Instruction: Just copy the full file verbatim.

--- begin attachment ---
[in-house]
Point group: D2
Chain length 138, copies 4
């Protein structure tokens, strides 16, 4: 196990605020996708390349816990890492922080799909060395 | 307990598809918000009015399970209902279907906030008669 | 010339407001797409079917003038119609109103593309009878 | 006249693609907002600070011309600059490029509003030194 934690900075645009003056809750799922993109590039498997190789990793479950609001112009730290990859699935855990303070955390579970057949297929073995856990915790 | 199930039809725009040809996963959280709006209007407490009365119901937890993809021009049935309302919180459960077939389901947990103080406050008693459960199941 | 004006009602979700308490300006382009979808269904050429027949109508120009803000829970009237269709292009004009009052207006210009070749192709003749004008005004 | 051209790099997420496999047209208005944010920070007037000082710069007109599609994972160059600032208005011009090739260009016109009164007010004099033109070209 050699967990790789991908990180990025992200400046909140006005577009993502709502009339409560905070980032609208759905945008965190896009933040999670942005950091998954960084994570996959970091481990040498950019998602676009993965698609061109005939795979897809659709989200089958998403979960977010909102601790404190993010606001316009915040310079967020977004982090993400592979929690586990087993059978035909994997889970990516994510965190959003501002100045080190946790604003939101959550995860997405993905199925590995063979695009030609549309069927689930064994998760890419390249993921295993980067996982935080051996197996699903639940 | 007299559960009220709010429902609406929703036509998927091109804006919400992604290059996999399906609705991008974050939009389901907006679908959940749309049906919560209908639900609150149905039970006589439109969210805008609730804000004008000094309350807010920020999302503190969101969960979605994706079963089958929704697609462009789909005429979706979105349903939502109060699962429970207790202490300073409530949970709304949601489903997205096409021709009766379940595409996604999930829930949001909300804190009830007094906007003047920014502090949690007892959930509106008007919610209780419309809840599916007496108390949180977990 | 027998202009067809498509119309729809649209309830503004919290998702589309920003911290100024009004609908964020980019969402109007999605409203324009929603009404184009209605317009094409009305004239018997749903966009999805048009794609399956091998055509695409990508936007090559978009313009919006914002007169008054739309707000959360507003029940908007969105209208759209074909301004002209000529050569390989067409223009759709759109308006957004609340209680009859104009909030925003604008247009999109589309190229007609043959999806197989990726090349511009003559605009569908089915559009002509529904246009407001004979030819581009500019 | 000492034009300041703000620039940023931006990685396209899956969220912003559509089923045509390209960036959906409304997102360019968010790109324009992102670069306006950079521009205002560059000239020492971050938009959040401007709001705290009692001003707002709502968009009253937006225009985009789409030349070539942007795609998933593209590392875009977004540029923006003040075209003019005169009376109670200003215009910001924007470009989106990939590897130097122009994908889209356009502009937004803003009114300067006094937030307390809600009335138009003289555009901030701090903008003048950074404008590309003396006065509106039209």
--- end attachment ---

[in-house]
Point group: D2
Chain length 138, copies 4
């Protein structure tokens, strides 16, 4: 196990605020996708390349816990890492922080799909060395 | 307990598809918000009015399970209902279907906030008669 | 010339407001797409079917003038119609109103593309009878 | 006249693609907002600070011309600059490029509003030194 934690900075645009003056809750799922993109590039498997190789990793479950609001112009730290990859699935855990303070955390579970057949297929073995856990915790 | 199930039809725009040809996963959280709006209007407490009365119901937890993809021009049935309302919180459960077939389901947990103080406050008693459960199941 | 004006009602979700308490300006382009979808269904050429027949109508120009803000829970009237269709292009004009009052207006210009070749192709003749004008005004 | 051209790099997420496999047209208005944010920070007037000082710069007109599609994972160059600032208005011009090739260009016109009164007010004099033109070209 050699967990790789991908990180990025992200400046909140006005577009993502709502009339409560905070980032609208759905945008965190896009933040999670942005950091998954960084994570996959970091481990040498950019998602676009993965698609061109005939795979897809659709989200089958998403979960977010909102601790404190993010606001316009915040310079967020977004982090993400592979929690586990087993059978035909994997889970990516994510965190959003501002100045080190946790604003939101959550995860997405993905199925590995063979695009030609549309069927689930064994998760890419390249993921295993980067996982935080051996197996699903639940 | 007299559960009220709010429902609406929703036509998927091109804006919400992604290059996999399906609705991008974050939009389901907006679908959940749309049906919560209908639900609150149905039970006589439109969210805008609730804000004008000094309350807010920020999302503190969101969960979605994706079963089958929704697609462009789909005429979706979105349903939502109060699962429970207790202490300073409530949970709304949601489903997205096409021709009766379940595409996604999930829930949001909300804190009830007094906007003047920014502090949690007892959930509106008007919610209780419309809840599916007496108390949180977990 | 027998202009067809498509119309729809649209309830503004919290998702589309920003911290100024009004609908964020980019969402109007999605409203324009929603009404184009209605317009094409009305004239018997749903966009999805048009794609399956091998055509695409990508936007090559978009313009919006914002007169008054739309707000959360507003029940908007969105209208759209074909301004002209000529050569390989067409223009759709759109308006957004609340209680009859104009909030925003604008247009999109589309190229007609043959999806197989990726090349511009003559605009569908089915559009002509529904246009407001004979030819581009500019 | 000492034009300041703000620039940023931006990685396209899956969220912003559509089923045509390209960036959906409304997102360019968010790109324009992102670069306006950079521009205002560059000239020492971050938009959040401007709001705290009692001003707002709502968009009253937006225009985009789409030349070539942007795609998933593209590392875009977004540029923006003040075209003019005169009376109670200003215009910001924007470009989106990939590897130097122009994908889209356009502009937004803003009114300067006094937030307390809600009335138009003289555009901030701090903008003048950074404008590309003396006065509106039209």